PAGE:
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Adverse childhood experiences and child mental health: an electronic birth cohort study

Lowthian, Emily, Anthony, Rebecca, Evans, Annette, Daniel, Rhian, Long, Sara, Bandyopadhyay, Amrita, John, Ann, Bellis, Mark A. and Paranjothy, Shantini 2021. Adverse childhood experiences and child mental health: an electronic birth cohort study. BMC Medicine 19 , 172. 10.1186/s12916-021-02045-x

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Abstract

Background Adverse childhood experiences (ACEs) are negatively associated with a range of child health outcomes. In this study, we explored associations between five individual ACEs and child mental health diagnoses or symptoms. ACEs included living with someone who had an alcohol-related problem, common mental health disorder or serious mental illness, or experienced victimisation or death of a household member. Methods We analysed data from a population-level electronic cohort of children in Wales, UK, (N = 191,035) between the years of 1998 and 2012. We used Cox regression with discrete time-varying exposure variables to model time to child mental health diagnosis during the first 15 years of life. Child mental health diagnoses include five categories: (i) externalising symptoms (anti-social behaviour), (ii) internalising symptoms (stress, anxiety, depression), (iii) developmental delay (e.g. learning disability), (iv) other (e.g. eating disorder, personality disorders), and (v) any mental health diagnosis, which was created by combining externalising symptoms, internalising symptoms and other. Our analyses were adjusted for social deprivation and perinatal risk factors. Results There were strong univariable associations between the five individual ACEs, sociodemographic and perinatal factors (e.g. gestational weight at birth) and an increased risk of child mental health diagnoses. After adjusting for sociodemographic and perinatal aspects, there was a remaining conditional increased risk of any child mental health diagnosis, associated with victimisation (conditional hazard ratio (cHR) 1.90, CI 95% 1.34–2.69), and living with an adult with a common mental health diagnosis (cHR 1.63, CI 95% 1.52–1.75). Coefficients of product terms between ACEs and deprivation were not statistically significant. Conclusion The increased risk of child mental health diagnosis associated with victimisation, or exposure to common mental health diagnoses, and alcohol problems in the household supports the need for policy measures and intervention strategies for children and their families.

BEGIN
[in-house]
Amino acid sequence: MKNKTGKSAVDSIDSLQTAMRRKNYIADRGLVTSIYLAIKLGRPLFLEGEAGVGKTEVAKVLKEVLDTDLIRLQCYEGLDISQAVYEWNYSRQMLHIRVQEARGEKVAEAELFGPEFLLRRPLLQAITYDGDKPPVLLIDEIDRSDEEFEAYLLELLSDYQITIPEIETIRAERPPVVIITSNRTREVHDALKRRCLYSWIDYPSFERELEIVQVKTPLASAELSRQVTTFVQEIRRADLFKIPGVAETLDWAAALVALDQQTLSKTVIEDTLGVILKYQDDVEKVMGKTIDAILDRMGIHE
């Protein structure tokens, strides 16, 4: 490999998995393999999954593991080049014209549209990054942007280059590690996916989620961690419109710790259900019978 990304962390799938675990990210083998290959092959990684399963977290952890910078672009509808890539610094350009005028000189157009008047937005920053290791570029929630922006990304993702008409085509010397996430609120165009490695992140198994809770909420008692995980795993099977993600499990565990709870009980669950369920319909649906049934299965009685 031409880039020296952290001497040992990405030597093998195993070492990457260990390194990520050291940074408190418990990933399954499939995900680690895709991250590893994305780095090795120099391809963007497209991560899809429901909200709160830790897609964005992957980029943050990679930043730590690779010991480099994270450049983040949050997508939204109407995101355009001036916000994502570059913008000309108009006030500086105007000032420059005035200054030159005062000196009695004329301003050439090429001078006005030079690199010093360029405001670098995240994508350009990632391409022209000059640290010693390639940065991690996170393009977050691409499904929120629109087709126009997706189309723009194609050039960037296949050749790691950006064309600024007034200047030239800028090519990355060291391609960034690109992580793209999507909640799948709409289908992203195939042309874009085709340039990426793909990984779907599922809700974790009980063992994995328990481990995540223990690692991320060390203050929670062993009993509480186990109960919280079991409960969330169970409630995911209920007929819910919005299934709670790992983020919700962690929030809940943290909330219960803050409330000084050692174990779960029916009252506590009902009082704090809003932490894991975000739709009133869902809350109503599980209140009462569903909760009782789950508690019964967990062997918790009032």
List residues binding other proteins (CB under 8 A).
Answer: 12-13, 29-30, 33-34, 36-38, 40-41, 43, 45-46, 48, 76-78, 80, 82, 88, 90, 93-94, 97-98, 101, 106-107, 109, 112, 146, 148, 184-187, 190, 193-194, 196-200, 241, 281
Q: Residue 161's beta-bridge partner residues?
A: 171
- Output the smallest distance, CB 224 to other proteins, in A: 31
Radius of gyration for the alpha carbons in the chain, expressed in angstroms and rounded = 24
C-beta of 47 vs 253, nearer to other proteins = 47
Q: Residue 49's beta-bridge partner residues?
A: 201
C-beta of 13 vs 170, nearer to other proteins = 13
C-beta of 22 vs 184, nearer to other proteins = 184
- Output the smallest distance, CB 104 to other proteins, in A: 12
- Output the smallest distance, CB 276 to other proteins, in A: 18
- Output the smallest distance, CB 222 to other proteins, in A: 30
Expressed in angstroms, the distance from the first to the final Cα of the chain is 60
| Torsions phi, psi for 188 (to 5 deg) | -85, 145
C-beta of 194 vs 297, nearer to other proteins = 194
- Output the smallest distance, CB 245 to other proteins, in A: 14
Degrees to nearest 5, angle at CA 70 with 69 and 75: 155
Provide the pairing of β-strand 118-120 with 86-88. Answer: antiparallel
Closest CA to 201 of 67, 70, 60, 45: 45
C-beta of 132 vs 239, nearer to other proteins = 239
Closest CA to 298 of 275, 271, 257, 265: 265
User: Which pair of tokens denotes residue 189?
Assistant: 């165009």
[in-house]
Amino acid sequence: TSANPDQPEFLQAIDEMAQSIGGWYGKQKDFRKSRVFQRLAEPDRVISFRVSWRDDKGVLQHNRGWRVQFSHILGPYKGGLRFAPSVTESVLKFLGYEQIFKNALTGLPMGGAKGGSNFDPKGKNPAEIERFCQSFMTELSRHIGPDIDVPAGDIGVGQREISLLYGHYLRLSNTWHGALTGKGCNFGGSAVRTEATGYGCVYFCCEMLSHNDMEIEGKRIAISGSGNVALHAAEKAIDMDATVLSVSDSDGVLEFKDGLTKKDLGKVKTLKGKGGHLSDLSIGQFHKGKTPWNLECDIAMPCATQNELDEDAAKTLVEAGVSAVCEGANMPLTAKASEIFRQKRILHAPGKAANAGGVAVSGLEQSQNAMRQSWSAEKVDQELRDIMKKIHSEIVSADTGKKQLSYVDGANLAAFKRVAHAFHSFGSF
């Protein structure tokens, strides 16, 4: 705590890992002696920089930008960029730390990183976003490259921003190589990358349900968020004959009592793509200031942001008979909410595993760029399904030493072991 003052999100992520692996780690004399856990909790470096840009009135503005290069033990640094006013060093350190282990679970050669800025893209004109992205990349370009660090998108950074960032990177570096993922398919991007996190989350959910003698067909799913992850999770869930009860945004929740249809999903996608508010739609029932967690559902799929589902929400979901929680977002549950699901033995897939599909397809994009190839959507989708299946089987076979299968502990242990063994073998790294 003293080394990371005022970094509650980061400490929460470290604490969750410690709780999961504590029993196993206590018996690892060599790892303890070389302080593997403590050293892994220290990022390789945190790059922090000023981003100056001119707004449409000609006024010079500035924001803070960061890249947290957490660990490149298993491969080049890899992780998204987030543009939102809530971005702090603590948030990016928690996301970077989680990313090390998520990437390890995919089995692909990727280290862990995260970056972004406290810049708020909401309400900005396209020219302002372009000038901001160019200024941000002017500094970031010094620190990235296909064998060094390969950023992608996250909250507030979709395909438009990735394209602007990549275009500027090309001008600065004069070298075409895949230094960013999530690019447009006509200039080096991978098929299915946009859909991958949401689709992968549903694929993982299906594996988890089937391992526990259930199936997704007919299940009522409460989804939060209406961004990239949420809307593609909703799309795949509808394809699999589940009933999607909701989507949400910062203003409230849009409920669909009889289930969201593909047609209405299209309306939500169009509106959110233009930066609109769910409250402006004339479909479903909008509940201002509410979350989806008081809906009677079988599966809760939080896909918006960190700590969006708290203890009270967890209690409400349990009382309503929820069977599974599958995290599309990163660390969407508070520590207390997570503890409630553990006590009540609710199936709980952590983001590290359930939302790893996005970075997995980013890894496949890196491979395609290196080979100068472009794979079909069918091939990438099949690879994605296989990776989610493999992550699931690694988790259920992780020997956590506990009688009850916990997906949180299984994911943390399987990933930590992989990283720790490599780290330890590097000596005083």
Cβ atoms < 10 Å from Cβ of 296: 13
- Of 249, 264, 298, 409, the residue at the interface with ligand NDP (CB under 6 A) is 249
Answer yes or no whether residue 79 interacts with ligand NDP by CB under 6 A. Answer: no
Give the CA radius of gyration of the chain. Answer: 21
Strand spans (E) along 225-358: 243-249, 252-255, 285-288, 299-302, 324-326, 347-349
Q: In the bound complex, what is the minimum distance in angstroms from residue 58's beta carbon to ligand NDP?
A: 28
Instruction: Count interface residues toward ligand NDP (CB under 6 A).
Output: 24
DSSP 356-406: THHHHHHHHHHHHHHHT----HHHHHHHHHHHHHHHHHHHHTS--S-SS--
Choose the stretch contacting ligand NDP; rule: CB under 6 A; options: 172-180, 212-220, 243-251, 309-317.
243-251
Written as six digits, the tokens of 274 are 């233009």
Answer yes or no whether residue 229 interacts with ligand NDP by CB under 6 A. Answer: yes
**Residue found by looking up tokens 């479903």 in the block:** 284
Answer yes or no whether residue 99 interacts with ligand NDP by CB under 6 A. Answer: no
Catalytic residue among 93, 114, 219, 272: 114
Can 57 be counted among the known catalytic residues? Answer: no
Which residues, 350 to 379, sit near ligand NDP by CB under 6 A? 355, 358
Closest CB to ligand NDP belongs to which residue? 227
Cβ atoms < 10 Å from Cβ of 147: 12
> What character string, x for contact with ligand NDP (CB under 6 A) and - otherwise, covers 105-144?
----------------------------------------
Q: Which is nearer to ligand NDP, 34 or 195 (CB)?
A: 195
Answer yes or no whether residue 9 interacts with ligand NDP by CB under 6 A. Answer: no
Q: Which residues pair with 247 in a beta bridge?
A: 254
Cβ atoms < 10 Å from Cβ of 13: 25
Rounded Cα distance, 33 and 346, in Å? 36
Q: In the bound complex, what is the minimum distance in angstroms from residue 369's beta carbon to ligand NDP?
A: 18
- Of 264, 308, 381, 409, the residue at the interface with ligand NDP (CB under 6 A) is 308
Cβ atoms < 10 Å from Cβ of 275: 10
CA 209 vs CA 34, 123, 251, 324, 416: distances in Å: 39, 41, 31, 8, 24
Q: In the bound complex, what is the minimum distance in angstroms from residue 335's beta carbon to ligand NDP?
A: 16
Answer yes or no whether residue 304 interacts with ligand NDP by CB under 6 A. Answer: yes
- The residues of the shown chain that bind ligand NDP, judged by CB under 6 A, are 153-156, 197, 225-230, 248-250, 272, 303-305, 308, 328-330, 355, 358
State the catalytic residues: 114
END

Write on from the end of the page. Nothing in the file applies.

Item Type: Article
Date Type: Publication
Status: Published
Schools: Social Sciences (Includes Criminology and Education)
Development and Evaluation of Complex Interventions for Public Health Improvement (DECIPHer)
Publisher: BioMed Central
ISSN: 1741-7015
Funders: ESRC
Date of First Compliant Deposit: 28 June 2021
Date of Acceptance: 23 June 2021
Last Modified: 17 Aug 2021 09:45
URI: http://orca.cardiff.ac.uk/id/eprint/142200

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